Perivascular adipose tissue around the vessels not only accumulates lipids, but also directly affects the relaxation of vascular tissues.
Scientists at Michigan State University have found new evidence that the perivascular adipose tissue that surrounds our arteries may play an important role in maintaining blood vessel health. An article about this was published in Scientific Reports.
A team of researchers led by Professor of Pharmacology Stephanie Watts has shown that adipose tissue helps vessels partially compensate for the tension they experience when stretched. “This is good because the vessel uses less energy and does not experience as much stress,” concludes Watts.
The beneficial functions of perivascular adipose tissue (PAT) have been largely ignored by researchers. It was believed that its main purpose was to store lipids and nothing more. However, the degree of influence of fat on our blood vessels turned out to be much greater. Stephanie Watts even put forward a proposal to consider VVT as another, fourth membrane of blood vessels called tunica adiposa.
Earlier studies have already shown that VAT secretes substances that can cause vasoconstriction or relaxation. In the new work, the researchers wanted to understand whether adipose tissue can directly affect the functioning of blood vessels and give a certain "structural advantage" to the arteries.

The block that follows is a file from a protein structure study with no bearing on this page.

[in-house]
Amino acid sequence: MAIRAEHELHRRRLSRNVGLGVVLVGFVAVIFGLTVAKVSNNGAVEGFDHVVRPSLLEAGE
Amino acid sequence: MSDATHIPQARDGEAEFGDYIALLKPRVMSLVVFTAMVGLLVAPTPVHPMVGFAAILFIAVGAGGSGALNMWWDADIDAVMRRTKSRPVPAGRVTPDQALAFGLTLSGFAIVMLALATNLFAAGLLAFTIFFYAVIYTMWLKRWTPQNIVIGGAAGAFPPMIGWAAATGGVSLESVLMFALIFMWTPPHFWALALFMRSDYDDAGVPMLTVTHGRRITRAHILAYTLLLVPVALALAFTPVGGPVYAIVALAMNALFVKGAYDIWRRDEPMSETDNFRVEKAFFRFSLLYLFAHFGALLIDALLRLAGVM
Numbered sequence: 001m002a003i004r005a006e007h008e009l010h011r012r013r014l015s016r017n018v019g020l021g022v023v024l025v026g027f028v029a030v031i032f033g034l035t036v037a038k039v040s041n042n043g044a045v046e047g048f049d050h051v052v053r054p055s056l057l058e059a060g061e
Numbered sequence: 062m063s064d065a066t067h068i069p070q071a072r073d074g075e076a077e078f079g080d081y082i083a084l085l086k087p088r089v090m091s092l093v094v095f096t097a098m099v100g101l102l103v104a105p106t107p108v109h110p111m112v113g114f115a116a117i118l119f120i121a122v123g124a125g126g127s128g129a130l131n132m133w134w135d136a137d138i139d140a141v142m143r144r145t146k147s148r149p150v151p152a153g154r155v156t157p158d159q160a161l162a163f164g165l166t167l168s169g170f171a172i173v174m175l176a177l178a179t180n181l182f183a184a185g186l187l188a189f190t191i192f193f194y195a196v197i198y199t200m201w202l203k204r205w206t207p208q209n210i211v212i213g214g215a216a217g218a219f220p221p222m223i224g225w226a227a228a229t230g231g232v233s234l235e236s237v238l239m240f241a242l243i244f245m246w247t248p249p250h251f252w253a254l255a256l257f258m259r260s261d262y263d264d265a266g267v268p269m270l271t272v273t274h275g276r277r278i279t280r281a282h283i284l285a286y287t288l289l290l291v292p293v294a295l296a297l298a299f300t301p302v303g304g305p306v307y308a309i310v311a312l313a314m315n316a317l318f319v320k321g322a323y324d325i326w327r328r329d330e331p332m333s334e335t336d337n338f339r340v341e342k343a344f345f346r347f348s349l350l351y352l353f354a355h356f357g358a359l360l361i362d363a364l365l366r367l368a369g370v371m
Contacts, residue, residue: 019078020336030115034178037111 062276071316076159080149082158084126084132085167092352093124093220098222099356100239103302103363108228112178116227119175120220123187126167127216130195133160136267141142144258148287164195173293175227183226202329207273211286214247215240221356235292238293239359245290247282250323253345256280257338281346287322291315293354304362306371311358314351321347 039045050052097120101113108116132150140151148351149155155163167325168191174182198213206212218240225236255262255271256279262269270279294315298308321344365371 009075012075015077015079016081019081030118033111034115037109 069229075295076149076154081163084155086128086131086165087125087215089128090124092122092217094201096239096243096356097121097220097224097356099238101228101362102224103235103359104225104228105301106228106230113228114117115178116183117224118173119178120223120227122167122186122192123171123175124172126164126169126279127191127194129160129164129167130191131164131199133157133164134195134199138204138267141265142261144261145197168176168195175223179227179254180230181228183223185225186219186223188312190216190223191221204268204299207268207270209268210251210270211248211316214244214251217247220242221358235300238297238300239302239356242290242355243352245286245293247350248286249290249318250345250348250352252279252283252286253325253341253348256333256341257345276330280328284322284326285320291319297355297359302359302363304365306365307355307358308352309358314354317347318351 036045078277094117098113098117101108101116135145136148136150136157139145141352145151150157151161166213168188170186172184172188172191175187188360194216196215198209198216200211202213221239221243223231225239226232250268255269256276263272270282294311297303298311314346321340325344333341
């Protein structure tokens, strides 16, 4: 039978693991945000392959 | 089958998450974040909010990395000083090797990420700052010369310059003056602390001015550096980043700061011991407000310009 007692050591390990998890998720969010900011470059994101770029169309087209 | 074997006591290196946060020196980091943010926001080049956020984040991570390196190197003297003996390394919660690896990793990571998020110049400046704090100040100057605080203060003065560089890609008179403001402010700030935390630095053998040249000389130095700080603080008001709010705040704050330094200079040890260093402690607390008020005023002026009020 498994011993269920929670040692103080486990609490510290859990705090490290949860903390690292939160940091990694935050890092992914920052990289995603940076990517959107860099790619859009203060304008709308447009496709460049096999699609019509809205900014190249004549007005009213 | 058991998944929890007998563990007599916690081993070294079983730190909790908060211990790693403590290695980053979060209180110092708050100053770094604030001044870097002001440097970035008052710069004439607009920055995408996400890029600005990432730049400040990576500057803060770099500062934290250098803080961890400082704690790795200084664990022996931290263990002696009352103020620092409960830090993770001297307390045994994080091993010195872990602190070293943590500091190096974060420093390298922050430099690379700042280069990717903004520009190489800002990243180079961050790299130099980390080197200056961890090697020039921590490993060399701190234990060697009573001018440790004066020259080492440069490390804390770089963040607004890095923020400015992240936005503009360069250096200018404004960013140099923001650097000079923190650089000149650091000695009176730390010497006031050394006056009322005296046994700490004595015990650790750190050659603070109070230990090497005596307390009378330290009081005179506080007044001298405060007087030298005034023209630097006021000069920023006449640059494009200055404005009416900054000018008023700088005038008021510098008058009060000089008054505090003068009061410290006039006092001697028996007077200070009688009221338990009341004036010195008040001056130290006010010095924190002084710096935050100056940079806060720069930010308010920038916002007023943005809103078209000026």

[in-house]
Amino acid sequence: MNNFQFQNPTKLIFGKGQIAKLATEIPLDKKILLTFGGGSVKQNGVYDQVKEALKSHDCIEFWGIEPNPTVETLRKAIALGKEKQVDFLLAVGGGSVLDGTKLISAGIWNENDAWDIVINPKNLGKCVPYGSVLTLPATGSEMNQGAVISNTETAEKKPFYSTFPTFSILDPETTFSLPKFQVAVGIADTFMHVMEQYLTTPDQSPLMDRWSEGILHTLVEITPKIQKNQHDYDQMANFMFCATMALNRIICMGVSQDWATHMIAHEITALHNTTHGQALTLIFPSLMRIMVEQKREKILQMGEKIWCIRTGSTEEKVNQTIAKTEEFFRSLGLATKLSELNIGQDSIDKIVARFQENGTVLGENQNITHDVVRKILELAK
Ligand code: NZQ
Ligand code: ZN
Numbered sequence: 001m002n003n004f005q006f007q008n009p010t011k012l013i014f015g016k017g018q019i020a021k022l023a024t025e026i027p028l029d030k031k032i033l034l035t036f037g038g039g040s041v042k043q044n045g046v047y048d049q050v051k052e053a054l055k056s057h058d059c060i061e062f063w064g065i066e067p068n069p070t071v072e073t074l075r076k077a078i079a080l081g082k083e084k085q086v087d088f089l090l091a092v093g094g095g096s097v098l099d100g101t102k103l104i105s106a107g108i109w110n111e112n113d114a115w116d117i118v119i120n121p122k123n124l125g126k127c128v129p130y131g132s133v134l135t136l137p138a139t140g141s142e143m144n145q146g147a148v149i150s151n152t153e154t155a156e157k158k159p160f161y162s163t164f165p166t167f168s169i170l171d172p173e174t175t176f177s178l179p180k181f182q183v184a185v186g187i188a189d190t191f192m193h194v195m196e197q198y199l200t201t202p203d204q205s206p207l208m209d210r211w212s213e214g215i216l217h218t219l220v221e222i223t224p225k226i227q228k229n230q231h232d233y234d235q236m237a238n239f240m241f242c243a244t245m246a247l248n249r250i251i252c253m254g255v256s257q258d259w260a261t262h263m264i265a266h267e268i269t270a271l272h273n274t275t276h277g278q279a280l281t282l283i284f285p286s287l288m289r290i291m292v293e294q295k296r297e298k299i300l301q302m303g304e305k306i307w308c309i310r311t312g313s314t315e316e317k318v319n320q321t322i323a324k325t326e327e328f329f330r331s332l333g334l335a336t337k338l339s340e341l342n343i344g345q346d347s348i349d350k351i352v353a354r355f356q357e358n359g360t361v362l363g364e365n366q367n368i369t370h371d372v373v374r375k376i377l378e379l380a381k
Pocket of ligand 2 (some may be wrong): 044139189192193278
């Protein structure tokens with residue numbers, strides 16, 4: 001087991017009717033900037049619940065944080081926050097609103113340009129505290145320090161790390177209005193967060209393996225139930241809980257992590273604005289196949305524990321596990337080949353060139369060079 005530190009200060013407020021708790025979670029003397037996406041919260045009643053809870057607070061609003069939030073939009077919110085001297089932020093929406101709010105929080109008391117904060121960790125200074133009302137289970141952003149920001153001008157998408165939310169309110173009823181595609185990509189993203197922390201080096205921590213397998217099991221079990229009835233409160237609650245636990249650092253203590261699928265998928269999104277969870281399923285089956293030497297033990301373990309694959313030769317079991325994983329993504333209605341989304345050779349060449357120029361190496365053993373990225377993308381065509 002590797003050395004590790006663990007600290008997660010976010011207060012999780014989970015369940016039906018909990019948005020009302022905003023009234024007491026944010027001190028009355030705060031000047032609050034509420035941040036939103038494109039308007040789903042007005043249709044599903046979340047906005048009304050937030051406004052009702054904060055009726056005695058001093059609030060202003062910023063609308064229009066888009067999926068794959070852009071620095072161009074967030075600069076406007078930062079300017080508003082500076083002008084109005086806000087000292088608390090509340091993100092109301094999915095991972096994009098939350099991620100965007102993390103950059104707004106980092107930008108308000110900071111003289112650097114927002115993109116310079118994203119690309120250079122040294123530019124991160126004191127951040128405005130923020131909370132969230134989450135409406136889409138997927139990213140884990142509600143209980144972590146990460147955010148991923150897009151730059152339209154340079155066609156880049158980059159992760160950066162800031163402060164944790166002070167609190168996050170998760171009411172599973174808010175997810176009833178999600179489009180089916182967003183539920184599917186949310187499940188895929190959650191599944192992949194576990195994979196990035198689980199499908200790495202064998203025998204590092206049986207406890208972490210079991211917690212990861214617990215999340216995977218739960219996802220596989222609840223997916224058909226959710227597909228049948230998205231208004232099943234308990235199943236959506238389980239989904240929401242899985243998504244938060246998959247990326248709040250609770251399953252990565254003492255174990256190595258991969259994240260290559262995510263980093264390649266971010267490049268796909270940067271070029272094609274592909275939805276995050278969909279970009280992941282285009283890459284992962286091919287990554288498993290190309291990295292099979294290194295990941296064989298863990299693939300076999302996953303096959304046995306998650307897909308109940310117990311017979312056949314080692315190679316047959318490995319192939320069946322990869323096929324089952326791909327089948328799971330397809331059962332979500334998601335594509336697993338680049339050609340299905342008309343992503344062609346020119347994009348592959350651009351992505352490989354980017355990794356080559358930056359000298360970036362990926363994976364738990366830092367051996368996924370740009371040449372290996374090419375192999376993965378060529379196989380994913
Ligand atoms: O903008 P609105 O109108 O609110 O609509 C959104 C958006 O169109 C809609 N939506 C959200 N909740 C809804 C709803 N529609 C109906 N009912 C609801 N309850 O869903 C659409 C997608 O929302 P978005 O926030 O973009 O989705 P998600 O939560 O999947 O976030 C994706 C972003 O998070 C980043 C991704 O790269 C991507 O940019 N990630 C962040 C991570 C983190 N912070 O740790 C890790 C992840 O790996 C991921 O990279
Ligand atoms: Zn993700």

Scientists placed the aortic valve rings of laboratory rats in incubators. Some of these rings are covered with fatty tissue. Then the samples were slightly stretched for 30 minutes and checked how the anatomical structures returned to their original state. Samples covered with adipose tissue showed a much better relaxation capacity than intact samples.
This discovery could have a significant impact on how researchers are testing drugs and therapies related to the problem of fatty plaque buildup in our arteries, that is, atherosclerosis. “Our work redefines functional blood vessels and includes what may be dysfunctional in disease. We need to pay attention to this layer of the blood vessel because it does so much more than we originally thought,”summarizes Watts.